Parvovirus is a highly contagious viral infection that can be lethal to dogs.
Parvo still continues to be a common illness that kills many puppies. Despite safe and effective modern vaccines, puppies still have several days or weeks when they may be at risk of infection.
What are the symptoms of parvovirus?
- Severe vomiting and diarrhea, often containing blood.
- The feces have a telltale odour.
- The dog will be lethargic and feverish, have abdominal pain, and may refuse to eat.
- Dehydration and electrolyte imbalances will result from the loss of body fluids, and hypoglycemia
Many adult dogs who come in contact with the virus will show few, if any symptoms, but may become carriers of the disease. It is unusual for an adult dog who is current on their parvo vaccine and yearly boosters to contract the disease.
Diagnosis by a Vet
Diagnosis is made by the dog’s age (usually less than six months), a physical exam and the symptoms present.
Parvo symptoms resemble other diseases and are often misdiagnosed. Canine parvovirus is positively diagnosed through a lab test of the sick dog’s blood or feces. A dog showing signs of severe or bloody diarrhea and vomiting should be examined by a veterinarian as soon as possible. Early treatment is vital to the dog’s recovery.
How do dogs get Parvovirus?
The virus is eliminated in the dog’s feces and is transmitted when another dog orally contacts the virus.
How long does parvovirus last?
Parvo is hardy, resistant to high heat or freezing temperatures, and will live in the environment for 6 months. It will live on inanimate objects and can be brought into a home or yard on shoes, clothing, hands, visiting pets, or car. It may also be transmitted by rodents and insects. Household bleach is the only chemical that is able to deactivate the virus.
Dogs with weakened immune systems or intestinal parasites are especially susceptible to intestinal system damage.
How will a Vet treat a dog with parvo?
The incubation period of the virus is seven to ten days, and the dog will begin excreting the virus in their feces three days after exposure.
Dogs suffering from Parvo should be isolated from other dogs and their quarters should be cleaned with a bleach solution of one-half cup bleach to a gallon of water. Any gowns or gloves used should be disposed of and shoes should be cleaned with the bleach solution. Treatment consists of replacing the fluids lost through vomiting and dehydration.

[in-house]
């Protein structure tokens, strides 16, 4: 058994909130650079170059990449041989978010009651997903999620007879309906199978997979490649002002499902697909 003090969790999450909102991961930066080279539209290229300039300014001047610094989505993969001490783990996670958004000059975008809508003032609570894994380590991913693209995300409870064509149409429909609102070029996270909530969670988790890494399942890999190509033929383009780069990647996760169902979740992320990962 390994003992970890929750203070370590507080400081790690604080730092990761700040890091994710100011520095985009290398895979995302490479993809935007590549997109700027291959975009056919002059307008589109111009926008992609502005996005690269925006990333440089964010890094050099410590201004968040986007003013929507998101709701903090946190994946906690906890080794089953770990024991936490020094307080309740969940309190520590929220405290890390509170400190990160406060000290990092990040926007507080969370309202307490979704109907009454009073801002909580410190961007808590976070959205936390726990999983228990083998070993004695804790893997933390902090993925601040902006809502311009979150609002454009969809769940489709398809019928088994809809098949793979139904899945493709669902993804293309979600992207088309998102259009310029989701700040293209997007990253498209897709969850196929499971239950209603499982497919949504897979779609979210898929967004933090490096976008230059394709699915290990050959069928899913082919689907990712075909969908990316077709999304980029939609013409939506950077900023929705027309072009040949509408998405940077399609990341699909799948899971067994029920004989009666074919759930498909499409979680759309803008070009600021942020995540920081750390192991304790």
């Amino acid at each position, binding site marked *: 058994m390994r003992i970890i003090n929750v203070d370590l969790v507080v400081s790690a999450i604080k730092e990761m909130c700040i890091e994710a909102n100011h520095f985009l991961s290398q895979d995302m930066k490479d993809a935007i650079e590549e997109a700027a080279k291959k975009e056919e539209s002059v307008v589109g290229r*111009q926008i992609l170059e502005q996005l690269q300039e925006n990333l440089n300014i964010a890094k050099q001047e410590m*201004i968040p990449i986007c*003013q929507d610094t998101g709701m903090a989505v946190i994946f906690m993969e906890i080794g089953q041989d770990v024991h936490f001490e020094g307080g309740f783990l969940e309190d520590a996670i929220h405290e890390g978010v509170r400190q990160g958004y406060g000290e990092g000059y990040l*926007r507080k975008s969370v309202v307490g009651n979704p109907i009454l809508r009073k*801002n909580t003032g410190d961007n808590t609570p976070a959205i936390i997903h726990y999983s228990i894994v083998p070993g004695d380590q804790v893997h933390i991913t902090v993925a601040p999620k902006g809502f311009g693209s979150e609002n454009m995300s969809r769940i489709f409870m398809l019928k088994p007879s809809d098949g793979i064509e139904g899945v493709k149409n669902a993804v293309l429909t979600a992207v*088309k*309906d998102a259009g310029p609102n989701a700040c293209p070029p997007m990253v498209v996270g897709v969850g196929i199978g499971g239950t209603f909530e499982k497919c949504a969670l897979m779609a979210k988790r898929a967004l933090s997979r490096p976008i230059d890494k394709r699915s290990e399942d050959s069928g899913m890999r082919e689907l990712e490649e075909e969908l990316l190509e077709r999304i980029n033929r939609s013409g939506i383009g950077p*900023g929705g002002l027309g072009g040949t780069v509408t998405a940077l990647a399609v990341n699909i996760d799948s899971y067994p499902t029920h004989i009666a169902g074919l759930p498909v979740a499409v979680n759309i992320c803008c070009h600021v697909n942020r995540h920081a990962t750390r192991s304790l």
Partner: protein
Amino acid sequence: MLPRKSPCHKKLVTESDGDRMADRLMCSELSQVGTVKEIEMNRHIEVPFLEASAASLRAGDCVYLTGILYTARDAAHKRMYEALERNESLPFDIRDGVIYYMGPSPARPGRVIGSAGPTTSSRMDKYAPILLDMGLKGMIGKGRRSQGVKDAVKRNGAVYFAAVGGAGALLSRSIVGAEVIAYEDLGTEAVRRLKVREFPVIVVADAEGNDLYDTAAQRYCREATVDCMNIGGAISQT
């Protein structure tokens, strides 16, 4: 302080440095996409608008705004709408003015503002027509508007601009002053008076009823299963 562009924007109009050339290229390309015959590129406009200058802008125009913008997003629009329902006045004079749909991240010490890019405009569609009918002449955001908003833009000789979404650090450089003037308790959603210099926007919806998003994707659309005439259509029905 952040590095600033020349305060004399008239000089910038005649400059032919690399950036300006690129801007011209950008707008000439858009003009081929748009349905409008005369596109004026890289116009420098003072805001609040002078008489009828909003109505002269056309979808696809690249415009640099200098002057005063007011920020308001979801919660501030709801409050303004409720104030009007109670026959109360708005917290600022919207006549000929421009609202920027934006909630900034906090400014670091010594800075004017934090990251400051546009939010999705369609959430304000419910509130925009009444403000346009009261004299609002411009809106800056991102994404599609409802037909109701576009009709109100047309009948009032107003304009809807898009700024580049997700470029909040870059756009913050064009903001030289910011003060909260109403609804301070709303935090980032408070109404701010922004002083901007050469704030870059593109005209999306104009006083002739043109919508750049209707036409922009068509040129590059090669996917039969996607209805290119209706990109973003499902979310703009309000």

Severe cases will be given an electrolyte solution intravenously, and milder cases may be given subcutaneous or oral fluids. Antibiotic therapy may be given to treat secondary bacterial infections, and drugs to control vomiting may be administered. If vomiting continues despite the drug treatment, blood transfusions may be needed to avoid an anemic condition.
Can a dog with parvo survive?
Prompt professional veterinary care is necessary; home treatment of canine parvovirus is very difficult and does not have a good prognosis. Any other dog in the household should be current on its parvo vaccine and kept away from the sick pet and any contaminated areas.
How can I prevent my pet from getting parvovirus?
Avoid exposing your puppy to other dogs or their feces, or places where dogs congregate, such as dog parks and kennels, until the series of vaccinations is complete, and have the puppy examined by a vet at the first sign of symptoms so that prompt, lifesaving treatment may begin if necessary.
Vaccinations are usually given in a series to lessen the puppy’s risk of infection during this window of susceptibility.
Puppies less than six months old are the majority of parvo cases. Dobermans, Rottweilers, German Shepherds and other black and tan breeds seem to be more susceptible to the virus.
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